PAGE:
ABALAK, NIGER (AFP) - For people living in the small city of Abalak in central Niger, the abduction of a longtime United States aid worker over a week ago has left them angry and anxious.
Mr Jeffery Woodke was no stranger here. "We are furious and shocked by this kidnapping," said Mr Ibrahim Adamou, a 16-year-old student, as he and neighbours of Mr Woodke recalled the evening of Oct 14 when the American was seized at gunpoint from his home.
"Like every night, he was drinking tea" in the courtyard of his house, along with his guards, when "two armed men in turbans" stormed in and grabbed him, killing his bodyguard and a member of the national guard.
Mr Woodke, reportedly in his 50s, "struggled" to break free from his captors.
"We cried and shouted for help but the gunmen just threw him into their vehicle," said Aicha, one of the neighbours.
A local official said they drove off "with no headlights on" taking the road that leads to Mali, where investigators have since tracked the kidnappers and believe Mr Woodke is being held by the Al-Qaeda linked group, the Movement for Oneness and Jihad in West Africa (Mujao).
A shopkeeper Mohamed said when he thought of Mr Woodke, "I hear his laughter in my head".
The American had become one of them after running the aid group JEMET there since 1992, helping the local Tuareg community. He speaks their language Tamasheq fluently as well as Fula and Arabic.
Jeff, as they call him, could be seen around town in a turban, leather sandals and a big boubou - a flowing African tunic.
"He was with us through all the hardest times", said Abalak's mayor Ahmed Dilou - the times of a food crisis, the droughts, the floods.
The Friday night of Jeff's abduction "was such a devastating shock that the whole city cried", he said.
But apparently Mr Woodke was not concerned about living in this unstable Tahoua region of Niger, close to the borders of Mali and Algeria. Western embassies have issued strong warnings to their nationals against venturing there.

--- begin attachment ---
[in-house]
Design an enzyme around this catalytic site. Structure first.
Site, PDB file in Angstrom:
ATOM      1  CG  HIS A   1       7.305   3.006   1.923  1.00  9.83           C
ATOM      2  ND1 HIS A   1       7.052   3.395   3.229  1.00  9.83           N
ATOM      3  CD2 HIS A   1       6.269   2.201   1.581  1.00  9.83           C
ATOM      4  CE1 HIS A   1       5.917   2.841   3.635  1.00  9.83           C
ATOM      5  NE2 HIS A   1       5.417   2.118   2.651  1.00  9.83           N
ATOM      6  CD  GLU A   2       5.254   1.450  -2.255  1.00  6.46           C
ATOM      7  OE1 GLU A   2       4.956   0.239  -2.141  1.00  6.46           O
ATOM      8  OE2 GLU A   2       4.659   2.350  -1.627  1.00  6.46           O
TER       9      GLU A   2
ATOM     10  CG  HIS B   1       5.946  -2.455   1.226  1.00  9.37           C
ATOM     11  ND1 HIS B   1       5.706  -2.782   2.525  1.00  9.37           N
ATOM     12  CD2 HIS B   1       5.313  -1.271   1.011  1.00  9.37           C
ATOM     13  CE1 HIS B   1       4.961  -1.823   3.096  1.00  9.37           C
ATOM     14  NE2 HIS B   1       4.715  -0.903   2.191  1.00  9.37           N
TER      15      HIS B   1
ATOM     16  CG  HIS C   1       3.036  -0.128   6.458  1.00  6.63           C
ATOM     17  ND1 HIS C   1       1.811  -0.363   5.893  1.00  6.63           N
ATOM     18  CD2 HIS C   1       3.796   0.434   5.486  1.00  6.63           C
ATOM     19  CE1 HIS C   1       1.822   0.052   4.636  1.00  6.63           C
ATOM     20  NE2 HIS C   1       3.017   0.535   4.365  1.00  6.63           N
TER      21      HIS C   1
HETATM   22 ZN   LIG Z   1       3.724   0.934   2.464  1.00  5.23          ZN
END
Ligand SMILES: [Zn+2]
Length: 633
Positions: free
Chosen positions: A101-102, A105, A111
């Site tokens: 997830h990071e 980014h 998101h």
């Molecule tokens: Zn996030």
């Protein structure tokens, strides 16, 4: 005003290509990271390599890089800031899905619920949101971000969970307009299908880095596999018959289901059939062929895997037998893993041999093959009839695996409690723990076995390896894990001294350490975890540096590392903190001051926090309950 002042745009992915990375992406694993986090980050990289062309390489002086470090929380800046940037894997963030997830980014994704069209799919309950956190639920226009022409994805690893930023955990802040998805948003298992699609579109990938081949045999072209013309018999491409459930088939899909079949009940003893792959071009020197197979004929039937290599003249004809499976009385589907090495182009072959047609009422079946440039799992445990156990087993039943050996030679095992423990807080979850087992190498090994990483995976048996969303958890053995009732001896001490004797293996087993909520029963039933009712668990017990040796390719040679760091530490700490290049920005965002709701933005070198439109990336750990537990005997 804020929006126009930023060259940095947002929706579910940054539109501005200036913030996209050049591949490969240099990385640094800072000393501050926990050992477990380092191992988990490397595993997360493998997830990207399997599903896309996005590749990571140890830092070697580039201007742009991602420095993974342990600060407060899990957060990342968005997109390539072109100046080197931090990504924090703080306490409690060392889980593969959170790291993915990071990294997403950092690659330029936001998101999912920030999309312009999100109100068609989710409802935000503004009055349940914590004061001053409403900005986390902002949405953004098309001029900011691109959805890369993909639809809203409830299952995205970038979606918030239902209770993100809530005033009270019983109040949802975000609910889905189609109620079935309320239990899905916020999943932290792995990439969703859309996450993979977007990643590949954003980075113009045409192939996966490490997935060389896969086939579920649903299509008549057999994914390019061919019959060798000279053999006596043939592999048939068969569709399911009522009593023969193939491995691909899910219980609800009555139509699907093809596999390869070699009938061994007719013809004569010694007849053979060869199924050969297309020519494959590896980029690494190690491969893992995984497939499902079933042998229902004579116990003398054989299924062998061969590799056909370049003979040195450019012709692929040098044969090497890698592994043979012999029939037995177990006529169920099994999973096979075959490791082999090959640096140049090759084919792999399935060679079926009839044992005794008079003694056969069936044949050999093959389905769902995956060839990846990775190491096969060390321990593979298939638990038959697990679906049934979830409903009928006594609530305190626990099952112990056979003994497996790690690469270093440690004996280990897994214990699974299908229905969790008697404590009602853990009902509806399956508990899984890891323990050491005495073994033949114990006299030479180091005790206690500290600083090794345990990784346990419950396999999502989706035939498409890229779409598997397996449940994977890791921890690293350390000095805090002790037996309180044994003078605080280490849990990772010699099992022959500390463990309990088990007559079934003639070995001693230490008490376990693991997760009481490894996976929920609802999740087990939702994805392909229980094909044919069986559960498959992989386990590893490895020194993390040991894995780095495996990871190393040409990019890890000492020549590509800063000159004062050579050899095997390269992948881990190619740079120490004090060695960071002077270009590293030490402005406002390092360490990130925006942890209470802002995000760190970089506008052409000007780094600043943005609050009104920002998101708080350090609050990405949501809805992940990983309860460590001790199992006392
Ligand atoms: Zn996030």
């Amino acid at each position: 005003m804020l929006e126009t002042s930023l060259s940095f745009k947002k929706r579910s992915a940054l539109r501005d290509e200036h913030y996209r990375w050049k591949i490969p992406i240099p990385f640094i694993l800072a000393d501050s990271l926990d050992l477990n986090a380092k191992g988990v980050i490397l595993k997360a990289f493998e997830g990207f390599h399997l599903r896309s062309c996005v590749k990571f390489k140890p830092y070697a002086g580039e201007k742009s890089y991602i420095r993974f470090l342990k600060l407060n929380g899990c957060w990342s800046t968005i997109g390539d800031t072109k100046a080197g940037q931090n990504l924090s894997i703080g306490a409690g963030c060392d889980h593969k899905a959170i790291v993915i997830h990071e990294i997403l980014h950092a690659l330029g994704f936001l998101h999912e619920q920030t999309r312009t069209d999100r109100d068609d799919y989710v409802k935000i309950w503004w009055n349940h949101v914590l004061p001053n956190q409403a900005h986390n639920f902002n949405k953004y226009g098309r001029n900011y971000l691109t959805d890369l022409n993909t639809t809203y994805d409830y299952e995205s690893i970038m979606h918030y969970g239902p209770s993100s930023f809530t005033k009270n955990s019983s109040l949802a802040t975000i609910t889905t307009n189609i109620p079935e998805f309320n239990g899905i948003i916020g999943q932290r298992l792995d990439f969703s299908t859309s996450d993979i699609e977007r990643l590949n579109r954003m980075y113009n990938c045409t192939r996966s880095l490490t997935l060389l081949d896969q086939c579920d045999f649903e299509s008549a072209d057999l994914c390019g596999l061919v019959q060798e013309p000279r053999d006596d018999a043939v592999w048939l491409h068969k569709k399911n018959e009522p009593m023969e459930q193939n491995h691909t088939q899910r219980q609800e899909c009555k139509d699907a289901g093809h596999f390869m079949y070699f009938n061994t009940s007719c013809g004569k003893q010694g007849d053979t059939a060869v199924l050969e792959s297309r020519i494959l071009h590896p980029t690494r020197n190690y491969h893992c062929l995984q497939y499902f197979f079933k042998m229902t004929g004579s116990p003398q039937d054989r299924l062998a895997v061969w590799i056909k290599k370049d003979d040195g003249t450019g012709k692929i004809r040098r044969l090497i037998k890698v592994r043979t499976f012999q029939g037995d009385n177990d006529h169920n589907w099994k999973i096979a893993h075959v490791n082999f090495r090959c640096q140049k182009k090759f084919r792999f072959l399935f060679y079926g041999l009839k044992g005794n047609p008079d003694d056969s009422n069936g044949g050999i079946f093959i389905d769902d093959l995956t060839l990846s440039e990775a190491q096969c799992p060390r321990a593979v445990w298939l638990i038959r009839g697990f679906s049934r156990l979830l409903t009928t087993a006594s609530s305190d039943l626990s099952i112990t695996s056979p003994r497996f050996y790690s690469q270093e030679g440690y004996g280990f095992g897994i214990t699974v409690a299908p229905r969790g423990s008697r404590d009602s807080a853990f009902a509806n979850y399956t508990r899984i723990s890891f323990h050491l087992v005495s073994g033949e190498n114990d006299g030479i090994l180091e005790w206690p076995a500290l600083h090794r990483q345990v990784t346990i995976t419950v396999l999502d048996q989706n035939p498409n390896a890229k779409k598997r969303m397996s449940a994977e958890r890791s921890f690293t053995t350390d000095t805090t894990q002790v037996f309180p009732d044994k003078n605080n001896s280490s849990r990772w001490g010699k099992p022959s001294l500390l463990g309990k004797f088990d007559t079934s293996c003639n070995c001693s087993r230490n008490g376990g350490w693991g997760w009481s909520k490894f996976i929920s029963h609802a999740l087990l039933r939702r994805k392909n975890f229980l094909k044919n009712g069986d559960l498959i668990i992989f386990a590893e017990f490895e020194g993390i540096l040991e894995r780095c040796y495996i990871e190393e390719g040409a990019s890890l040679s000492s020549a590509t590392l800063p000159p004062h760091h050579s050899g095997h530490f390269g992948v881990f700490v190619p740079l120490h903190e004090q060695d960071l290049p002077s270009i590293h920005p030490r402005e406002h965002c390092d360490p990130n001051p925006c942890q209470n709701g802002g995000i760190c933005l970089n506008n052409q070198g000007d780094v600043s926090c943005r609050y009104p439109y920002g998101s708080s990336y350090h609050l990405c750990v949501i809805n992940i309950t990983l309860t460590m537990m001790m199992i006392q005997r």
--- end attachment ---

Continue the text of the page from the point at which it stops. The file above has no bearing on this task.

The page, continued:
A Nigerien official said he had "tried everything" to convince the American to leave the area but "he refused, insisting that he was not afraid".
Investigators have sealed off Mr Woodke's house. In the courtyard shaded by thorn trees, some bricks can be seen piled up next to sacks of cement.
"He was rebuilding a wall that had collapsed after some heavy rains," explained Aicha.
Still, despite Mr Woodke's popularity with the townspeople, a regional lawmaker said he believed the kidnappers "were helped by some locals".
According to Interior Minister Mohamed Bazoum, who visited Abalak, around 350km north-east of the capital Niamey, the kidnappers "went straight to his home, guided by a motorcyclist".
Last Sunday, Mr Bazoum said that Mr Woodke - the first American abducted in the west African country - "was probably kidnapped by the Mujao or handed over to the Mujao".
"We have had no contact with the Mujao, which is a terrorist organisation," he added.
Niger's long, porous borders make it occasionally vulnerable to the armed violence in neighbouring countries.
No matter who is responsible, in Abalak, the mayor - speaking for the distressed people of his city - is categorical in his condemnation.
"The kidnapping of Jeff is wrong," he said.